Hawaii tops nation for mortgage debt

HILO — Hawaii residents are rising in the ranks of the indebted.


HILO — Hawaii residents are rising in the ranks of the indebted.

A new report found the Aloha State had the most mortgage debt per capita at $51,770 in 2015, far above the national average of $31,330.

That’s up from $39,870 per capita in 2005, when Hawaii ranked sixth nationwide, yet down slightly from $53,690 in 2010 when it ranked third, according to the state Department of Business, Economic Development and Tourism. The national average also decreased after 2010.

For total debt, Hawaii was ranked second, with $67,010 per capita in 2015, only slightly behind Maryland, whose residents owed $67,020 per person. A decade before, the state again was ranked sixth.

Of all debt categories, mortgage weighs the heaviest on isle residents, according to the report, which attributed the state’s rise in the rankings at least partially to housing costs outpacing income levels.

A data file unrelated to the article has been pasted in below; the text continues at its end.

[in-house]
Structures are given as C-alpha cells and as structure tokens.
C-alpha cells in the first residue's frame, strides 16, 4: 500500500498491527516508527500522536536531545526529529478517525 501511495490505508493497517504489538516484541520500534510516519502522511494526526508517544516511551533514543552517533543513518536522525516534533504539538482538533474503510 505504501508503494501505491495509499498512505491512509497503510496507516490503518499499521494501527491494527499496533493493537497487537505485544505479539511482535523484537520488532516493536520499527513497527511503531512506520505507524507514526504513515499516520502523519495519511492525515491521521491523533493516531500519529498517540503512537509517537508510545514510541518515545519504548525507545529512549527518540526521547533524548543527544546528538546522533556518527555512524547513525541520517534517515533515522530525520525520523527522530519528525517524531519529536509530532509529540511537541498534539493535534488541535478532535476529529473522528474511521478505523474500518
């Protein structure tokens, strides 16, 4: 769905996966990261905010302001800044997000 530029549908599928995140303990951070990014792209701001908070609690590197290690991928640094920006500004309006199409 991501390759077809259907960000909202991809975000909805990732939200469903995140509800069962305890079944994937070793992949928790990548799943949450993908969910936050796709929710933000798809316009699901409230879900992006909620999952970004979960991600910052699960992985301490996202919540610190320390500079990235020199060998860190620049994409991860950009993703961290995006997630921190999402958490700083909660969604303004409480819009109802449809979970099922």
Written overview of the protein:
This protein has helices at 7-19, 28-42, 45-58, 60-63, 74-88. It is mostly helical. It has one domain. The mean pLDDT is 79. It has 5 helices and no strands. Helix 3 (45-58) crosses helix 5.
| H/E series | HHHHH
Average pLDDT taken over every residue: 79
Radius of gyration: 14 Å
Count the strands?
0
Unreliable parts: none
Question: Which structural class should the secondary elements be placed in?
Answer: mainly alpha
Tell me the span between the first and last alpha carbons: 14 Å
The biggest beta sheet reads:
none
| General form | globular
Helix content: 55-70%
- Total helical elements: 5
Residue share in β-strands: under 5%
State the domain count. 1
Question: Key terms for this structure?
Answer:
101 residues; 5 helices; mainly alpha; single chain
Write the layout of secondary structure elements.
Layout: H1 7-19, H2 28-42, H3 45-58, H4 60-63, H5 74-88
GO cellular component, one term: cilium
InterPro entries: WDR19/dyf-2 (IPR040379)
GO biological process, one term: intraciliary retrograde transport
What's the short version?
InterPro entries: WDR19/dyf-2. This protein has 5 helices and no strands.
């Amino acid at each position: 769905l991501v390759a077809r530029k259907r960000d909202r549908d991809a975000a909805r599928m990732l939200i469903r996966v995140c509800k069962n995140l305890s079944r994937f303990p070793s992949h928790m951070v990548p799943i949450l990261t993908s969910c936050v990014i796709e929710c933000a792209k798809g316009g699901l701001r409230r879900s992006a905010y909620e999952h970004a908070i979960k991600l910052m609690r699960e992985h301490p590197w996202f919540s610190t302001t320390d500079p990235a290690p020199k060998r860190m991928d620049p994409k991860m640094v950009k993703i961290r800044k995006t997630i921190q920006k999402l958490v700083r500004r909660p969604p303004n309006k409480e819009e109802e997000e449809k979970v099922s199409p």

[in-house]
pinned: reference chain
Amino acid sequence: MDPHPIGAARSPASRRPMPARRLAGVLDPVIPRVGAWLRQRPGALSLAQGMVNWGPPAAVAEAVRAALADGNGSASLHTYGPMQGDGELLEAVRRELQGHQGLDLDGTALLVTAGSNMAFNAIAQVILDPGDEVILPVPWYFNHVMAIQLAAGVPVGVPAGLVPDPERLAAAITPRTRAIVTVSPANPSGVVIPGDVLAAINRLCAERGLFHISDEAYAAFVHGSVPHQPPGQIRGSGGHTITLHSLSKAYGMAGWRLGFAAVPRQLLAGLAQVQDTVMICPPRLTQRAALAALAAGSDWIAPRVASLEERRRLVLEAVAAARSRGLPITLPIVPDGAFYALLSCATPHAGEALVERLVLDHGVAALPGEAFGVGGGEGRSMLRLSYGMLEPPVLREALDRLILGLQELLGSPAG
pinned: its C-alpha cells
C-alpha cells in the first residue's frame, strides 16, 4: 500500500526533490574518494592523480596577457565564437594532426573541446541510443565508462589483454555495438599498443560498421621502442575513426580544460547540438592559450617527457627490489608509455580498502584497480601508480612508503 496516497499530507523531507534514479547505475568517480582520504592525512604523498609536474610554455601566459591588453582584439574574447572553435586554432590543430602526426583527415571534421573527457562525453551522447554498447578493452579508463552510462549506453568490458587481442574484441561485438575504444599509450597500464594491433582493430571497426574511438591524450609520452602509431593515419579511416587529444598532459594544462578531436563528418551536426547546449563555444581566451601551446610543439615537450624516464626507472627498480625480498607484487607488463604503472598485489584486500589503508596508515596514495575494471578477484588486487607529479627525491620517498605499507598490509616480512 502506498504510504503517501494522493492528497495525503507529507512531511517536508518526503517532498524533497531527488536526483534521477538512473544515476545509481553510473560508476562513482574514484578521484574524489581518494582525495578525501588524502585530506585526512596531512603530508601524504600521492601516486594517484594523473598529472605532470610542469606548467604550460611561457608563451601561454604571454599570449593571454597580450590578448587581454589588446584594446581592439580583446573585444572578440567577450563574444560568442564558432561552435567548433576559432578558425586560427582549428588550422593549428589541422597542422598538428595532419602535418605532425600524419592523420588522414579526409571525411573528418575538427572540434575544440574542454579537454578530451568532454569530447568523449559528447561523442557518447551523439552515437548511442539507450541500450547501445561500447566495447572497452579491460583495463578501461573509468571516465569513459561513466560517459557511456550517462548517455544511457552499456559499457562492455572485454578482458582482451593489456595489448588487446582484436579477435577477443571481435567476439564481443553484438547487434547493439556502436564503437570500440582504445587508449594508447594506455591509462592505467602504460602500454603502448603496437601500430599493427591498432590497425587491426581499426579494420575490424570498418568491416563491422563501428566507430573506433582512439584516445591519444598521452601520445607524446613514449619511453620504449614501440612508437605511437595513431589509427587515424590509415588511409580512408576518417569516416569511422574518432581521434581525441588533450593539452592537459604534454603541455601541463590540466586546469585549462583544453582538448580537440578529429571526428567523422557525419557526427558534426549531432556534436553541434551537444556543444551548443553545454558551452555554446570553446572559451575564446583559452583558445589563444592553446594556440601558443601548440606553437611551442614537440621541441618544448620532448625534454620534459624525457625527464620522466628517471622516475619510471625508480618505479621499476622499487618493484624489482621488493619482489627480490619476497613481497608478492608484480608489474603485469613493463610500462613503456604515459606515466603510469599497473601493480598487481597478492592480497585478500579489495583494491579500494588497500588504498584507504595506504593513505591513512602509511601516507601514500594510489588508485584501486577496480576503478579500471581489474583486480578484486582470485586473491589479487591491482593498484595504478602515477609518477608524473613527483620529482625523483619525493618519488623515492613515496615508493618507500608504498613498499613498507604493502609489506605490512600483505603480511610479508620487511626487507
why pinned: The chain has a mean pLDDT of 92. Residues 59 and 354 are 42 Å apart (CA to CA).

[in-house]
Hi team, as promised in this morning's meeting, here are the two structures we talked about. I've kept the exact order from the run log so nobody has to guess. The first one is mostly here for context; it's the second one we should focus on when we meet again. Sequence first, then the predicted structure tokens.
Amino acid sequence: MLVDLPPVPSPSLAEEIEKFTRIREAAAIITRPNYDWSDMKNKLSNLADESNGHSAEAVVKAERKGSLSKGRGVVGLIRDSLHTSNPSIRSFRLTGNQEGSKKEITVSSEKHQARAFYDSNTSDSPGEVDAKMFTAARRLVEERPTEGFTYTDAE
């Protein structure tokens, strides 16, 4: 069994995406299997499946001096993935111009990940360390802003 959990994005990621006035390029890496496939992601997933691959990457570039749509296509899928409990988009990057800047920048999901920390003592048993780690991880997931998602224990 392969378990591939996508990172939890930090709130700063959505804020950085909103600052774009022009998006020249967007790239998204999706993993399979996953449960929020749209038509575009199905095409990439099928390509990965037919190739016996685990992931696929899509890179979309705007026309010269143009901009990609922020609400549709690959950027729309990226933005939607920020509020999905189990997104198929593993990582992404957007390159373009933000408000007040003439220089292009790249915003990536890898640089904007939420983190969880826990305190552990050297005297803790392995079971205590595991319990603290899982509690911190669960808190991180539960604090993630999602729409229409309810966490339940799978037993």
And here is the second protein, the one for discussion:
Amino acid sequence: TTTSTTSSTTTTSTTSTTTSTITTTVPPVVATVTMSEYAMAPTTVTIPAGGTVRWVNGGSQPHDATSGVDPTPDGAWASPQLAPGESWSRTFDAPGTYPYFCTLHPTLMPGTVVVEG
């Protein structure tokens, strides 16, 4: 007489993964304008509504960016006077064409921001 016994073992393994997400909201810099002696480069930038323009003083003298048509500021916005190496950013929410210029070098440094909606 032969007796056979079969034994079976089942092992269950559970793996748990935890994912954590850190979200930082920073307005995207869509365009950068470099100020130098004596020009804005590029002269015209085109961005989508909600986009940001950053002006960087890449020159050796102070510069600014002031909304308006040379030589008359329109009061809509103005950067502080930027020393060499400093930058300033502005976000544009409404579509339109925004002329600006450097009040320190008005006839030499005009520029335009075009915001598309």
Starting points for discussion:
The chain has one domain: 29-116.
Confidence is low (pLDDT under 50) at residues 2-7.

While debt isn’t necessarily a bad thing, it can become unsustainable when not supported by incomes, the report says.

Hawaii’s debt-to-income ratio was 1.76 in 2015, above the national average of 1.3.

The difference appears solely due to the cost of a buying a home. When mortgages are excluded, Hawaii’s ratio was 0.40 that year, essentially the same as the national average of 0.41.

While college costs continue to climb, students are faring better in Hawaii than the rest of the country.

According to the report, the state had the lowest student debt at $3,150 per capita in 2015.


To view the report visit, http://dbedt.hawaii.gov/economic/reports_studies.

Email Tom Callis at tcallis@hawaiitribune-herald.com.

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